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Court jurisdiction in legal cases involving different EU countries

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Court jurisdiction in legal cases involving different EU countries

SUMMARY OF:

Regulation (EU) No 1215/2012 - jurisdiction and the recognition and enforcement of judgments in civil and commercial matters

SUMMARY

WHAT DOES THE REGULATION DO?

It updates a previous EU law on the jurisdiction, the recognition and enforcement of judgments in civil and commercial matters (known as the ‘Brussels I regulation’). It aims to make the circulation of judgments in civil and commercial cases easier and faster within the EU, in line with the principle of mutual recognition and the Stockholm programme guidelines.

KEY POINTS

The regulation applies in civil and commercial matters. It does not apply, however, to family law, bankruptcy, inheritance questions and other specific matters listed in the regulation, such as social security or arbitration.

Under the new law, what was known as the exequatur procedure under the Brussels I regulation has been abolished. This means that a judgment given in one EU country is recognised in the other EU countries without the need for any special procedure. If it is enforceable in the country of origin, it is enforceable in the other EU countries without requiring any declaration of enforceability.

The person against whom enforcement is sought must be informed of this by means of a certificate concerning a judgment in civil and commercial matters. This is drawn up at the request of any interested party (a model is provided in the regulation). The certificate must be accompanied by the judgment (if it has not already been served). It must be served on the person in reasonable time prior to enforcing the judgment.

In certain cases, the person against whom enforcement is sought may apply for refusal of the recognition or enforcement of the judgment. This can arise when he or she considers one of the grounds for refusal of recognition stipulated in the regulation to be present (e.g. where the recognition of a judgment is manifestly contrary to public policy). EU countries must notify to the Commission the competent courts to which the application has to be submitted.

Common rules of jurisdiction

There has to be a connection between proceedings falling within the scope of this law and the territory of the EU countries. Common rules of jurisdiction should, in principle, apply when the defendant is domiciled in an EU country. A defendant not domiciled in an EU country (i.e. whose permanent home is not in an EU country) should be subject to the national rules of jurisdiction applicable in the territory of the country of the court seised (the court where the proceedings are initiated).

However, certain rules of jurisdiction apply, regardless of the defendant’s domicile, in order:

to ensure that consumers and employees are protected,

to safeguard the jurisdiction of the courts of EU countries when they have exclusive jurisdiction (e.g. in the case of real estate), and

to respect the autonomy of the parties.

The rules of jurisdiction may also, under certain circumstances, apply to parties domiciled outside the EU. This may arise, for example, where those parties have agreed that the courts of an EU country should have jurisdiction.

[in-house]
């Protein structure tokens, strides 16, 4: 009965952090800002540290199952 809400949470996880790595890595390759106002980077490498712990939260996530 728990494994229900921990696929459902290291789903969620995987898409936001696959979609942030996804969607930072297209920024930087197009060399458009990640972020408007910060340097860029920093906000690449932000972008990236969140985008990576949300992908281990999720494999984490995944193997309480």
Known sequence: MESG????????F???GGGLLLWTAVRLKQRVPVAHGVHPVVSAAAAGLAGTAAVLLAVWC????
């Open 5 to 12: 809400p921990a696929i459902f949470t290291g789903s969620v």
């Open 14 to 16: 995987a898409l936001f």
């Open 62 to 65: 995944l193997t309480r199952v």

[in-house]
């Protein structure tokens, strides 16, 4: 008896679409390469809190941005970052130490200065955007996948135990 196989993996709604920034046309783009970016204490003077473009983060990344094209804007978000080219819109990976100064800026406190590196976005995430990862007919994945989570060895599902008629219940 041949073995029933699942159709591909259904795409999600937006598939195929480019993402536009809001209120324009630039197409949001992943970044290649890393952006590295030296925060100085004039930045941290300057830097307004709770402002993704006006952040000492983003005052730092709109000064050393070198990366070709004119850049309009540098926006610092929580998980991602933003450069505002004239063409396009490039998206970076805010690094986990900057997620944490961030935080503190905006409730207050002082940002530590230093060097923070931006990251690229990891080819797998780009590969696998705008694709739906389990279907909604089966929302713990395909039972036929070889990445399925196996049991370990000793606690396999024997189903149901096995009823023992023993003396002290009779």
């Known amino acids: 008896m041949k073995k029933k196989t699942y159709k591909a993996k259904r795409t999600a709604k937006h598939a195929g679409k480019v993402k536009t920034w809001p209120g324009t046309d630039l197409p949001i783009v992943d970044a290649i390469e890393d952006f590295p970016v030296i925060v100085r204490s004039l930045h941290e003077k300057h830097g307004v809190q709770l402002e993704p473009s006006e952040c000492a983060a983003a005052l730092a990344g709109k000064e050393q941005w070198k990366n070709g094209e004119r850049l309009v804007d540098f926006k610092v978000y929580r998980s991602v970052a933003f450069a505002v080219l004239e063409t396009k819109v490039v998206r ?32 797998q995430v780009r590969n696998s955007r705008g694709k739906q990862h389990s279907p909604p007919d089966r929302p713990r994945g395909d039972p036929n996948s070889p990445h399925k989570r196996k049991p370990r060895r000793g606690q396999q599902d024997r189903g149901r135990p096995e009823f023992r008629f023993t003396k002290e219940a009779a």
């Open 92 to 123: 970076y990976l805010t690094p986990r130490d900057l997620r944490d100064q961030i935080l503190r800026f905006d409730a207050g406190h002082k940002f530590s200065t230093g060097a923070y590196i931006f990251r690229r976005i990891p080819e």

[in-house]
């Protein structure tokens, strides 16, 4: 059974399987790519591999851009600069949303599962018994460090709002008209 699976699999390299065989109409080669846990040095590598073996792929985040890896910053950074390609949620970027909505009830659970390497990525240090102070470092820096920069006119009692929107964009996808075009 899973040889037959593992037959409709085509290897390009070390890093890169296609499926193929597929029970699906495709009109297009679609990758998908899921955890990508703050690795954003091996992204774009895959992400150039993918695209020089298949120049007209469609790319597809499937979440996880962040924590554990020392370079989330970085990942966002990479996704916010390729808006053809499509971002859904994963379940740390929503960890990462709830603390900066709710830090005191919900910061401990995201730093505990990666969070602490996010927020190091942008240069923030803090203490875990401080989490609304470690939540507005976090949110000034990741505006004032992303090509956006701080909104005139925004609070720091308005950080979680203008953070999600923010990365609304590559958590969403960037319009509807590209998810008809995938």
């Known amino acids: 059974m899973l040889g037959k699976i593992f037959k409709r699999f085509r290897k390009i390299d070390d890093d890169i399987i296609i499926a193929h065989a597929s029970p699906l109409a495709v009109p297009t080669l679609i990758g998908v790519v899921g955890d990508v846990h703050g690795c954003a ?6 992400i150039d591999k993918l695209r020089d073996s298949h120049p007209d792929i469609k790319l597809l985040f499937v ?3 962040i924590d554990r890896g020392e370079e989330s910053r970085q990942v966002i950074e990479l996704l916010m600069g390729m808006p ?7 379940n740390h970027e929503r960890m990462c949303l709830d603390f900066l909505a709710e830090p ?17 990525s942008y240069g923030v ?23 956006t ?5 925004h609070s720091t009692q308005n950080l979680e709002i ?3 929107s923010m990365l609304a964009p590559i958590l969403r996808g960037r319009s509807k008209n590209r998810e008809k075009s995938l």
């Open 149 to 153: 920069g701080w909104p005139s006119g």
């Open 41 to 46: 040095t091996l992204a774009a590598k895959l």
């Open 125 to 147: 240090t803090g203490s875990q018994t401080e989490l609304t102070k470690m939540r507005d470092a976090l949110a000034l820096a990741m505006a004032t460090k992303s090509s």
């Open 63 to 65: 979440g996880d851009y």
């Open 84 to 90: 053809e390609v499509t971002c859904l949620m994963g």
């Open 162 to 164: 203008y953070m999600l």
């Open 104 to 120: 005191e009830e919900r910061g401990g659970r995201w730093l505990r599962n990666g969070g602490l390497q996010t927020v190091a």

Enhancing the respect of the choice of court agreements

The law improves the effectiveness of choice of court agreements where the parties have designated a particular court or courts to resolve their dispute. It gives priority to the chosen court to decide on its jurisdiction, regardless of whether it is first or second seised. Any other court has to suspend proceedings until the chosen court has established or - where the agreement is invalid - declined jurisdiction.

The United Kingdom and Ireland took part in the adoption and application of this regulation. Denmark applies the regulation in line with the agreement of 19 October 2005 between the European Community and Denmark on jurisdiction and the recognition and enforcement of judgments in civil and commercial matters.

Application of Brussels I rules by the Unified Patent Court and the Benelux Court of Justice

Regulation (EU) No 542/2014 introduces new rules on the relationship between proceedings before certain courts that are common to several EU countries (such as the Unified Patent Court and the Benelux Court of Justice) on the one hand and the courts of the EU countries under the Brussels I Regulation on the other. This means that judgments handed down by these courts should be recognised and enforced in line with Regulation (EU) No 1215/2012.

ACT

Regulation (EU) No 1215/2012 of the European Parliament and of the Council of 12 December 2012 on jurisdiction and the recognition and enforcement of judgments in civil and commercial matters

REFERENCES

Act

Entry into force

Deadline for transposition in the Member States

Official Journal

Regulation (EU) No 1215/2012

9.1.2013Application from 10.1.2015

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OJ L 351 of 20.12.2012, pp. 1-32

Amending acts

Entry into force

Deadline for transposition in the Member States

Official Journal

Regulation (EU) No 542/2014 o

30.5.2014

-

OJ L 163, 29.5.2014, pp. 1-4

Regulation (EU) 2015/281

26.2.2015

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OJ L 54, 25.2.2015, pp. 1-9

RELATED ACTS

Agreement between the European Community and the Kingdom of Denmark on jurisdiction and the recognition and enforcement of judgments in civil and commercial matters (Official Journal L 79, 21.3.2013, pp. 4-4)

last update 24.09.2015

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